EndWar is a high-powered strategy game designed exclusively for next-generation consoles and the PC. Choose your side – the United States Joint Strike Force, European Enforcer Corp, or Russian Spetsnaz Guard Brigades -- and grow your nation into the most powerful on the planet. Because if you don't, there won't be much left of it by the time the dust settles. After you choose a nation, you'll select a type of battalion, be it airborne, mechanized, armored, signals, or assault. For example, airborne features superior gunship and riflemen ranks, armored offers tank advantages, while assault is a more balanced attack force. Finally you pick a task force bonus for your faction -- such as kinetic damage, rocket barrage, incendiary warheads, or electromagnetic pulses -- offering nearly 100 upgrades you can purchase with earned credits. You can also customize the look of your military, such as selecting type of camouflage.

Is it any good?

In order to win the war you'll need to strike powerful nations where it hurts the most – including metropolises such as Paris, Moscow, New York City, or Washington D.C. Imagine seeing the Eiffel Tower erupt in flames, infiltrating the White House, or bombing the Shuttle at the Kennedy Space Center in Florida. Depending on the solo campaign or multiplayer modes you choose, you'll be visiting -- or defending -- these key locations throughout the globe. Ordering your army about these large maps is a breeze, thanks to the slick voice command system. Simply hold down the right trigger on the controller and bark your orders into the Xbox 360 or PS3 headset. For example, to roll your tanks to the foxtrot capture point, you'd say, "unit one, move to foxtrot" or if you see your forces are grouped around a target of a massive WMD strike, you'd say "calling all units, retreat!" You get the idea.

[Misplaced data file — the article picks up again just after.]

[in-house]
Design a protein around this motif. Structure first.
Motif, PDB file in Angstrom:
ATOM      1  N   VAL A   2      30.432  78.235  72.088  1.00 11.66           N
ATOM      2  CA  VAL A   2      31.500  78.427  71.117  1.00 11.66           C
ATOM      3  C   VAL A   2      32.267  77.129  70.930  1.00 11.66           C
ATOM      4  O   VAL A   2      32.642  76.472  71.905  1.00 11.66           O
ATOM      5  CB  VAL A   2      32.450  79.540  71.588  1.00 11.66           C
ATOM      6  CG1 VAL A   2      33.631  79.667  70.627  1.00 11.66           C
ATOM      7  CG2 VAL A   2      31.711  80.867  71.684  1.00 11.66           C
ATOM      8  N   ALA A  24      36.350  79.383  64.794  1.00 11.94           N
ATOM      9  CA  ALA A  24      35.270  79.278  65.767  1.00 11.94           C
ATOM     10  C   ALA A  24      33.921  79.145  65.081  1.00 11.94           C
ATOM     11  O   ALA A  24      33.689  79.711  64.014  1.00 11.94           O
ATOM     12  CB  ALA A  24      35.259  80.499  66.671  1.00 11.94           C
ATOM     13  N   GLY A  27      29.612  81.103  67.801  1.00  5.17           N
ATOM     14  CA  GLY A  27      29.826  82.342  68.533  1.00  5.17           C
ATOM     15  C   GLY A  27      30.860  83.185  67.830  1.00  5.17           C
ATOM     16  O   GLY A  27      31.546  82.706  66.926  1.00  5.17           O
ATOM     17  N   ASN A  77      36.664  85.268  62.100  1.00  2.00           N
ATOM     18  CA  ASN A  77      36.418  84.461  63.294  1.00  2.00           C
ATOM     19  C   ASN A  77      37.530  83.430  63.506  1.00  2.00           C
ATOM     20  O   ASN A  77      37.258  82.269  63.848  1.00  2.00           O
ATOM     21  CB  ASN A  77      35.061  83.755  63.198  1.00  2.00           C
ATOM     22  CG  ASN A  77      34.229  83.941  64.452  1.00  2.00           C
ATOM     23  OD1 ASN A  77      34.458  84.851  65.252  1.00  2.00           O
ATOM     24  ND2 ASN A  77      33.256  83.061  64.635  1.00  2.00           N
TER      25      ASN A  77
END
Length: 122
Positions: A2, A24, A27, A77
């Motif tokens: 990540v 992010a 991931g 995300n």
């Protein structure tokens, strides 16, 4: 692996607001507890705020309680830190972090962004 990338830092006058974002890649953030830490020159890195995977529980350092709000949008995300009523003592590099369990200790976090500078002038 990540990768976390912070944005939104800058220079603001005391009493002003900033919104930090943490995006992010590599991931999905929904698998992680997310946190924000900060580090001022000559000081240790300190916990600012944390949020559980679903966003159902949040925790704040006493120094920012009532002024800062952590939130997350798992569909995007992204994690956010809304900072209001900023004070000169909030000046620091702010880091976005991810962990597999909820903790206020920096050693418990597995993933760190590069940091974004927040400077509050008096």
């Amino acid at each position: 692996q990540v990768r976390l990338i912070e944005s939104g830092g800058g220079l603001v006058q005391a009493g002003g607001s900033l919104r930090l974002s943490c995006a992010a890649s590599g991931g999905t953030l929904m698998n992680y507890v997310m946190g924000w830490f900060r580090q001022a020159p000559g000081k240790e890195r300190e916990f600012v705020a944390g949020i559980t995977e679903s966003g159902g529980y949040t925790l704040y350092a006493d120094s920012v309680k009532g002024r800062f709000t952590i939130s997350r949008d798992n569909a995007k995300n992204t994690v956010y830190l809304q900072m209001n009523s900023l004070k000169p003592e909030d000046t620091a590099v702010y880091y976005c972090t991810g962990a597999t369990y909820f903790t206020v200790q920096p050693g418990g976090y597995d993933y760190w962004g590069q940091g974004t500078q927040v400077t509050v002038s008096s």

Along with the lengthy single-player campaign, players will be able to take the war online via many multiplayer modes. In fact, hundreds of gamers can partake in persistent battles that can last for months. Or, if you prefer, engage in shorter skirmishes with smaller groups. We especially liked the four-versus-four battles, where you have to coordinate with other battalions to take out famous landmarks and capture key cities. Naturally, all the voice commands work in an online environment, too. The game's A.I. is pretty darn smart, but nothing beats playing with and against real human opponents. EndWar is a deep, intense and explosive strategy game worth picking up.

Talk to your kids about ...

  • Families can talk about how this game is a fusion between a novel and video games. Does it work? Is it a better scenario when video games are based on popular fiction – such as the Tom Clancy series – as opposed to writing novels based on popular video game franchises, like Halo? Could it enhance your experience with a fictitious interactive world you're familiar with the literary source on which it was based? Or could a game ruin your passion for a great book?

Game details